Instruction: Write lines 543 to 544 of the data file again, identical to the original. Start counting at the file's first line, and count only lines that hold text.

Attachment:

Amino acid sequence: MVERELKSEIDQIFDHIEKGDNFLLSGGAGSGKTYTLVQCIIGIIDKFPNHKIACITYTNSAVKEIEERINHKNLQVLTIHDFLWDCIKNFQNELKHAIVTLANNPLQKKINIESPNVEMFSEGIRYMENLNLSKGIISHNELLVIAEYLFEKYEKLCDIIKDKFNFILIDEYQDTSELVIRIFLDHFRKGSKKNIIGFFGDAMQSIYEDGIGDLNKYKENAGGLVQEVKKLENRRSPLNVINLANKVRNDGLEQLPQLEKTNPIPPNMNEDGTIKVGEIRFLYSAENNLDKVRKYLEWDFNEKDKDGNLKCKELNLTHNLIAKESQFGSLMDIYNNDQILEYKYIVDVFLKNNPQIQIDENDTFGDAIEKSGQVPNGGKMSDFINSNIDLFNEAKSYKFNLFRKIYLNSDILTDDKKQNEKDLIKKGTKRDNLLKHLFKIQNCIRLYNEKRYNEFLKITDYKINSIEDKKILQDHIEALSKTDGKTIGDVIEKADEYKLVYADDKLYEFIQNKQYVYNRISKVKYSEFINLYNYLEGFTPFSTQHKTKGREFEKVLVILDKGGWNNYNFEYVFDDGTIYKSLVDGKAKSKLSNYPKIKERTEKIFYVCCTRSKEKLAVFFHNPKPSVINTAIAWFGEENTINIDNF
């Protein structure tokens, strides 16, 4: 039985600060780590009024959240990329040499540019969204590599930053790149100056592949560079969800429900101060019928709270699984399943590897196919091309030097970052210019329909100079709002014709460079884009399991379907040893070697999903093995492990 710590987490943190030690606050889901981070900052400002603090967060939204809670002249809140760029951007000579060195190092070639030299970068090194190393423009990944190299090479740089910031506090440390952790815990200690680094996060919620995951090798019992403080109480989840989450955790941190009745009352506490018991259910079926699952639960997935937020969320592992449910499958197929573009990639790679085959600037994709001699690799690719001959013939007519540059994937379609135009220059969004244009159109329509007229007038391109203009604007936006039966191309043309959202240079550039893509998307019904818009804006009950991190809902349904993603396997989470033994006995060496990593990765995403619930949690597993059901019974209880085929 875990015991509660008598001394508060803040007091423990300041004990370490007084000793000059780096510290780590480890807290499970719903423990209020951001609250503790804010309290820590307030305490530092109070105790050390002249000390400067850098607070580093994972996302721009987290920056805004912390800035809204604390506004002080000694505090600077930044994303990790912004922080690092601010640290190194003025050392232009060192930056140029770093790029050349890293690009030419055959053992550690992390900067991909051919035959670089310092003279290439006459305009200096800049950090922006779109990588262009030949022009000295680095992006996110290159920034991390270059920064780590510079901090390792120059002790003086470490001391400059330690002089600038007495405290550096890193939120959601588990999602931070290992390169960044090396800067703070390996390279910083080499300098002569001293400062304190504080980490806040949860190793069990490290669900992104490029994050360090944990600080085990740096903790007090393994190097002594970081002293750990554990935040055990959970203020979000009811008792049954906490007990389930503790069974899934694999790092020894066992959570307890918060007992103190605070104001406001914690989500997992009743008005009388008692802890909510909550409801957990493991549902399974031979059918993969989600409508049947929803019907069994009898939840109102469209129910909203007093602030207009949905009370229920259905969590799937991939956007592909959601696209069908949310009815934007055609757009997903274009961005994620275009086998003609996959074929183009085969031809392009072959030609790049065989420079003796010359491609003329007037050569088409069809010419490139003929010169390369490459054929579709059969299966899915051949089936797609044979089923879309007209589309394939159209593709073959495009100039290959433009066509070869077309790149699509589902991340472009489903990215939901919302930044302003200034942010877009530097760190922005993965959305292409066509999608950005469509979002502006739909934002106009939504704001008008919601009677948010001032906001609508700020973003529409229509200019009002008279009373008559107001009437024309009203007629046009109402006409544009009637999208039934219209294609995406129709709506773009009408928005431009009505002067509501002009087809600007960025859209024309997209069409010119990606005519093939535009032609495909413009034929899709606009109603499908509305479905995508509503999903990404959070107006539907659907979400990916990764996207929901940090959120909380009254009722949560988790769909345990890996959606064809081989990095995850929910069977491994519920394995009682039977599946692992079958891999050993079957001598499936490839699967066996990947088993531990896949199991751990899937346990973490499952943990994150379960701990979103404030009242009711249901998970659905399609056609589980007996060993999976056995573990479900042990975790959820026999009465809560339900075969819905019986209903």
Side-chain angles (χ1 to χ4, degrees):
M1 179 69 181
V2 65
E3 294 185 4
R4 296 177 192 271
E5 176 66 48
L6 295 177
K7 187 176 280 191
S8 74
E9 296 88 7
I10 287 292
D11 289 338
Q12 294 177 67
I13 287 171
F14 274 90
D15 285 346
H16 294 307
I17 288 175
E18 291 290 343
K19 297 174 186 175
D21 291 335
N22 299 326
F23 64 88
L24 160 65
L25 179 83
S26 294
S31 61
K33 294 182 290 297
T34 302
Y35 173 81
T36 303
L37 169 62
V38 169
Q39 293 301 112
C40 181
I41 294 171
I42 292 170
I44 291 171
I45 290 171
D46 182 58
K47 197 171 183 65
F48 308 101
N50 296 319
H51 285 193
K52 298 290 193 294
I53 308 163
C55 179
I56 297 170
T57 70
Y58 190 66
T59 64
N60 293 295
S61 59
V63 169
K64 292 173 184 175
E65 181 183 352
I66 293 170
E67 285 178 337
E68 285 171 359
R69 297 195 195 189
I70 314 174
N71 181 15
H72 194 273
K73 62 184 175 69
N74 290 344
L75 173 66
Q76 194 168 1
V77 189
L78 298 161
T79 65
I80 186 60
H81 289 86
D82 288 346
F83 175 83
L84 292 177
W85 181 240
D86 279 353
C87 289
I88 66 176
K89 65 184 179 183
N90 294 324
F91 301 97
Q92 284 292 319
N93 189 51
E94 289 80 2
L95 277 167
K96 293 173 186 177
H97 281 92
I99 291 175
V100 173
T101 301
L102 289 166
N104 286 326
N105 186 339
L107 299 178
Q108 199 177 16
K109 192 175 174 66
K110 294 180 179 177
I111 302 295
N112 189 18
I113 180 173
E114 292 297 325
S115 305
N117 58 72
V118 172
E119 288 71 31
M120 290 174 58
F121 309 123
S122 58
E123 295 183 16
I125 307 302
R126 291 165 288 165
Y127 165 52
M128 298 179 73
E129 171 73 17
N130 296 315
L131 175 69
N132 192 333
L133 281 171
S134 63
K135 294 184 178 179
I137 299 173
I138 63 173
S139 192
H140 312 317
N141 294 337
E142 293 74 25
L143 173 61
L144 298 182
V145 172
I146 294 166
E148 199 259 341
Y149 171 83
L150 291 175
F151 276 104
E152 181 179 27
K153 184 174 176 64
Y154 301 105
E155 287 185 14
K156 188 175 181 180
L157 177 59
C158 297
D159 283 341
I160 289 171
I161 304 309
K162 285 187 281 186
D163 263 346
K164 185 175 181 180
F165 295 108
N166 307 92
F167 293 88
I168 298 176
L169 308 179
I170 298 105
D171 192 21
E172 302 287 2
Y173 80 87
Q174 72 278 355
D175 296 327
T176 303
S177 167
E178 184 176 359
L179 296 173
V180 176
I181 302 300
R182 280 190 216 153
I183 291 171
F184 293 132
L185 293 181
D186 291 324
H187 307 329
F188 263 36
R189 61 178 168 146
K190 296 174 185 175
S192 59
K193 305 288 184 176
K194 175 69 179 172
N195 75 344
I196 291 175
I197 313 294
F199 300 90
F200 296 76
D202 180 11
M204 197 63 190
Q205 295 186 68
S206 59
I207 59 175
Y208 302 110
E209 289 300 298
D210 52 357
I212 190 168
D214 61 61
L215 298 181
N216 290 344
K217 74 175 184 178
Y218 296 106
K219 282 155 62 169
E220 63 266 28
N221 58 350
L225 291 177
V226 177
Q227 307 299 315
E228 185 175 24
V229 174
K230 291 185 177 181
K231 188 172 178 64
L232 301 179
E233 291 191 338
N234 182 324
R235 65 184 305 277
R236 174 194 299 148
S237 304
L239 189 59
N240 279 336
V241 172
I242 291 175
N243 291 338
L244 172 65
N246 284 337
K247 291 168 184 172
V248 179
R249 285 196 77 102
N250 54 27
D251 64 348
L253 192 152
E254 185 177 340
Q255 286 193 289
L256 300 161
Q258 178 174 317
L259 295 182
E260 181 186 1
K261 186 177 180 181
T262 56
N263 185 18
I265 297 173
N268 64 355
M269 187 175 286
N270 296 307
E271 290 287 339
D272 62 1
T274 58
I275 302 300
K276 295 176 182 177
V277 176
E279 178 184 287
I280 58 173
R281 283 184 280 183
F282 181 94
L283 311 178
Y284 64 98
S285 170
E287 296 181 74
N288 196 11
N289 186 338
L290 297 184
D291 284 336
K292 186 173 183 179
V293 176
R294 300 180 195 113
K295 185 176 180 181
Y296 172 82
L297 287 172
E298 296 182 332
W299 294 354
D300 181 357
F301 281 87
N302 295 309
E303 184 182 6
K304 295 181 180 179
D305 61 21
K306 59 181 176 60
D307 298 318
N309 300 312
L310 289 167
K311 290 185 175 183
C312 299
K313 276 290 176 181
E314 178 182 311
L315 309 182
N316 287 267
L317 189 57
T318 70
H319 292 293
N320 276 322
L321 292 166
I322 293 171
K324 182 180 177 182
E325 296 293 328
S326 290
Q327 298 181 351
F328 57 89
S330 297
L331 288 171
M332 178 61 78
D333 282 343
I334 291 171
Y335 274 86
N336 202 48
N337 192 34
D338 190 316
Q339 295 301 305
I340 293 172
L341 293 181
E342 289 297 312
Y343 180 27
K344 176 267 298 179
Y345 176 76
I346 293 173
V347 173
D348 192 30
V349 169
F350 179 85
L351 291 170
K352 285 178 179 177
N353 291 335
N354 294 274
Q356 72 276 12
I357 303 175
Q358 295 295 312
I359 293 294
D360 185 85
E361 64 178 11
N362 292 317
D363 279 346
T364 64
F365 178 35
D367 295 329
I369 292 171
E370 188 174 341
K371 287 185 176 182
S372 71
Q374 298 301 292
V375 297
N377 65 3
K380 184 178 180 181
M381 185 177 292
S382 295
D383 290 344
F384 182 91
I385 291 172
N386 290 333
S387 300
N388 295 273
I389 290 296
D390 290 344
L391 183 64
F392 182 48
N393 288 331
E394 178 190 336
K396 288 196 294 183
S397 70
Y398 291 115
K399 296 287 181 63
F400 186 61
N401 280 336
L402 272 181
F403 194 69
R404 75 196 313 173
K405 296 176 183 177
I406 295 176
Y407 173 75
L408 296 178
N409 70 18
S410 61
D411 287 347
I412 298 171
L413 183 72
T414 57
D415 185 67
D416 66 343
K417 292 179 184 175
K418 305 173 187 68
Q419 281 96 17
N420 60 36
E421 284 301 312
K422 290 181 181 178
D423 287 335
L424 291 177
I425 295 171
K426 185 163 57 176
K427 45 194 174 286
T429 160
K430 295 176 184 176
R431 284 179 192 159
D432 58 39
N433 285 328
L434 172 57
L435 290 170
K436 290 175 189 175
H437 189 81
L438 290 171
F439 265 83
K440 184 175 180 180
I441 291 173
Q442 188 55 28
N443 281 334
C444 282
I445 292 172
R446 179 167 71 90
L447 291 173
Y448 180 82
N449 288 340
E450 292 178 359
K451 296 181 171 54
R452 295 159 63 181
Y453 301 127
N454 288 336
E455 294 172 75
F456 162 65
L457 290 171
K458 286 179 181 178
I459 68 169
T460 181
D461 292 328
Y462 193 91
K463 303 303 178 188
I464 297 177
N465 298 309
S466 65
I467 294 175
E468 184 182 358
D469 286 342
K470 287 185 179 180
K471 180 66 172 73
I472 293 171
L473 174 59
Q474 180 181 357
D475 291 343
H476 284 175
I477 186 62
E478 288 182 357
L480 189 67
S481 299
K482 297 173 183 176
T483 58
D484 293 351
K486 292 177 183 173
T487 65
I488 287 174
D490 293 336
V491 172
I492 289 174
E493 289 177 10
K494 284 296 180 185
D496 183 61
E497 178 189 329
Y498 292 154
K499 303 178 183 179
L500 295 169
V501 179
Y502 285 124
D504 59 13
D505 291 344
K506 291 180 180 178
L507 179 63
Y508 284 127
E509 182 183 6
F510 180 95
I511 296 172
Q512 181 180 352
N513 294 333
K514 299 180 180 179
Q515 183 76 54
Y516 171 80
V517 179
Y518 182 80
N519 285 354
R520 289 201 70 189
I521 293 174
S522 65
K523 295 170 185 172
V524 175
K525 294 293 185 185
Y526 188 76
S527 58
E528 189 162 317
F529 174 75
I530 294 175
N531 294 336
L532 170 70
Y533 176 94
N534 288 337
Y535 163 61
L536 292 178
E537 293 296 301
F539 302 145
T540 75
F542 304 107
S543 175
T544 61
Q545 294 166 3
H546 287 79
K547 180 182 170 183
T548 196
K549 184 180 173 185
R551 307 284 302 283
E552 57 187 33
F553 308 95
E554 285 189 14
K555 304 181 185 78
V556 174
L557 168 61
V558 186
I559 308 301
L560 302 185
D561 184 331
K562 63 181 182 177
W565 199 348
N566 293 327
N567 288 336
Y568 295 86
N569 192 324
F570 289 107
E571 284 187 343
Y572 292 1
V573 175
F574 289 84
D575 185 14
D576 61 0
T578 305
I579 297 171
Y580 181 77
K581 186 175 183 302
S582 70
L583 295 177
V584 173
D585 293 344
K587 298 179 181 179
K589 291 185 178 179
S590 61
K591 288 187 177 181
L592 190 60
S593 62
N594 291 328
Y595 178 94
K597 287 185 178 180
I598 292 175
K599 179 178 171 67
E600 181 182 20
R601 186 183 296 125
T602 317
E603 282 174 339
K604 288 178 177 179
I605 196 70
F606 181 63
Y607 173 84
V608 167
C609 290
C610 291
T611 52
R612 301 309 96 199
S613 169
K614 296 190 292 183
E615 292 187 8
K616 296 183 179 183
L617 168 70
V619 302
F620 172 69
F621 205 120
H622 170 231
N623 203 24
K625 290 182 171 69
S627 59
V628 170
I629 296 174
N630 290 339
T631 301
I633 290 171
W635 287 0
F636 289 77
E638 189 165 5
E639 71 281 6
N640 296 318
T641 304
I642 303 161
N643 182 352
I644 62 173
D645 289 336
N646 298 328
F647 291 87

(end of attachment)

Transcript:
T602 317
E603 282 174 339